For those who have a knack for climbing things, be it a ceiling-high cupboard, a tree, or wrought iron gate, you might wa
The Dawn of Mountain Biking
It would be sad but safe to assume you’ll be stuck in traffic today on your way to work and back. With thousands of motorized vehicles added to the streets each year, this is not really a surprise. And widened roads are only poised to add more. Reaching office half an hour late despite cutting down on your morning sleep becomes a norm. You get an earful from your boss for arriving late and nasty stares from your co-workers. If the bureau predicament wasn’t bad enough, your lungs choke on smoke, your ear on the din and of course, your wallet on steep fuel prices. Daily commute becomes hell.
Adding two and two, there is no denying why people have found refuge on a more modest medium of transportation. Enter – the bicycle.
People are slowly switching to bicycles en masse, and not merely to commute, but also for recreation, and for a handful few, even as a way of living and competitive sport. Gone are the days when a price tag of Rs. 50,000 for a new bicycle you wanted drew ominous stares from dismayed dads. With a wider range of bicycles now available in the market, you have more options to choose from, varying from design, purpose and budget. There is something that fits everybody’s needs, with a flurry of bikes shops that have mushroomed in the city in recent years, and Ason’s dominance as the go-to place for bicycles all but diminished.
Cycling in Kathmandu
It is interesting to note that even riding within city premises ideally requires a mountain bike, thanks to the pervasive and endless potholes and rocky bumps gracing our roads. This means simple urban bikes will wear out in not time and simply won’t make the cut. The rough roads in the city as well as the rugged trails in the outskirts demand a proper mountain bike, which come in three flavors – hardtails, all-mountain and downhill bikes. Hardtail bikes have front suspension (fork) and are ideal for cross-country purposes, i.e. travelling long distances on undulating terrains. All-mountain bikes are suited for enduro-type trails marked with steep climbs and gradual but technical descents. Downhill, as the name suggests, are the more extreme form of mountain biking which require more skills and a comprehensive protective gear than cross-country or enduro riding. Before rushing into your adrenaline escapades, you would need a proper bicycle and protective gear. Get your basics down by dropping by in an acclaimed bike shops in town.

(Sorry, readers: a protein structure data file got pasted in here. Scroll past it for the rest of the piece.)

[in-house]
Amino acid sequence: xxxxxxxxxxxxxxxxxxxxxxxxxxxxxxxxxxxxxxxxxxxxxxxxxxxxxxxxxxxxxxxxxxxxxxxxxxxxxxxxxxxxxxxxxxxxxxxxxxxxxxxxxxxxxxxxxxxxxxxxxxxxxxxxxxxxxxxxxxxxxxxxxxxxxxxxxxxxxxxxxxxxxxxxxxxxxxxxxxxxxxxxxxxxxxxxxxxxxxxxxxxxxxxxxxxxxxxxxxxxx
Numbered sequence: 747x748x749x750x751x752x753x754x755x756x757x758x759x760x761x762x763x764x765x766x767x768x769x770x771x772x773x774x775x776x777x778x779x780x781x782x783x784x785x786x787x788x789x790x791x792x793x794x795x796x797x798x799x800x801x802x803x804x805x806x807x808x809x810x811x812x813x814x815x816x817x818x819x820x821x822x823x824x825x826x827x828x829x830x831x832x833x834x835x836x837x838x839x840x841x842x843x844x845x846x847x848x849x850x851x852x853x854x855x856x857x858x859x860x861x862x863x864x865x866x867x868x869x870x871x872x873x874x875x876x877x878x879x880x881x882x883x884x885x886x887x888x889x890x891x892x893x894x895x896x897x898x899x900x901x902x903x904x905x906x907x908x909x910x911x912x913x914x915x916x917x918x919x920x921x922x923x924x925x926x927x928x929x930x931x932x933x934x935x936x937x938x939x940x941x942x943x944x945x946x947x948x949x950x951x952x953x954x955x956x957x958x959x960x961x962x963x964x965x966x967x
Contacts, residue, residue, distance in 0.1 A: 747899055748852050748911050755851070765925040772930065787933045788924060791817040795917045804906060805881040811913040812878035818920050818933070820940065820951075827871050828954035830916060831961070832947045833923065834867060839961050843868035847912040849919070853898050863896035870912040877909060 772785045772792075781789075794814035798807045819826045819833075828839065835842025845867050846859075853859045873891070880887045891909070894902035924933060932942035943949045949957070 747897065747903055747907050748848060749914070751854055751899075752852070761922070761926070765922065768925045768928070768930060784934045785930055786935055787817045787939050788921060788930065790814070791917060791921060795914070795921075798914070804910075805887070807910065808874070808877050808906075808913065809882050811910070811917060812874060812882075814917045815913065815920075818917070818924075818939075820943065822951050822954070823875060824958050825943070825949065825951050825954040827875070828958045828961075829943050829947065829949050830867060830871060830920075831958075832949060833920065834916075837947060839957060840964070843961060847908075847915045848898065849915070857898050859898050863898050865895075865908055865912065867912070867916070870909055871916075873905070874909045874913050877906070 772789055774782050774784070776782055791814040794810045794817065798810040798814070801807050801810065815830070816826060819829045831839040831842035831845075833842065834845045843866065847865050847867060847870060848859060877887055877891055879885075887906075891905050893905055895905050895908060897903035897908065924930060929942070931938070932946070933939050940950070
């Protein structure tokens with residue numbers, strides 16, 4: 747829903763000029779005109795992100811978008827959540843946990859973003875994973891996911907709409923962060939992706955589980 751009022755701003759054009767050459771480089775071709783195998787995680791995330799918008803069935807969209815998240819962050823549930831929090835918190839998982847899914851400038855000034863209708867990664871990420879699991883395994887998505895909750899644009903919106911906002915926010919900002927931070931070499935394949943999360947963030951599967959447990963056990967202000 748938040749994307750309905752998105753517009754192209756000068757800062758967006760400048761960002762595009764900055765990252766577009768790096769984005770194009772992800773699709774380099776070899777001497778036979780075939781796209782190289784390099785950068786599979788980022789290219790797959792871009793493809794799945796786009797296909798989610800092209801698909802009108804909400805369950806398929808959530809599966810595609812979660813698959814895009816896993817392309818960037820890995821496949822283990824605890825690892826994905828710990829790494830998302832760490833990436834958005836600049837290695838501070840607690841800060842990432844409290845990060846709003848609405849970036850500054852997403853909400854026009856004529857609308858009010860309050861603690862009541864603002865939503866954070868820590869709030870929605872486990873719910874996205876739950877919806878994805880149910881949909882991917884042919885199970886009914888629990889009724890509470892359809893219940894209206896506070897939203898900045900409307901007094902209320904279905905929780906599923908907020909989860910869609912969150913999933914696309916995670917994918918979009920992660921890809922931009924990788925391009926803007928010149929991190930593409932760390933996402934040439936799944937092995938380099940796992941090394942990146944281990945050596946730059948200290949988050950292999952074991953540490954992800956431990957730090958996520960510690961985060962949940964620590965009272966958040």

It’s no secret that Kathmandu’s traffic is less than accommodating, the wider roads of late notwithstanding. Safety and health issues are rife, and incidents of road fatalities splash across newspapers and airwaves every other day. Organizations like Kathmandu Cycle City are advocating a bicycle-friendly city and regularly hold workshops and rallies, most notably Critical Mass held on last Friday of each month, which has really helped in creating safer riding conditions for cyclists. According to one of the organizers Shailenra Dangol, Critical Mass serves two purposes: to make people aware about the benefits of cycling; and secondly, to make the cyclists’ presence felt in the city. “We have noticed a dramatic change in the mindset of people and quite a few people have switched from motorbikes and cars to the more eco-friendly bicycles.”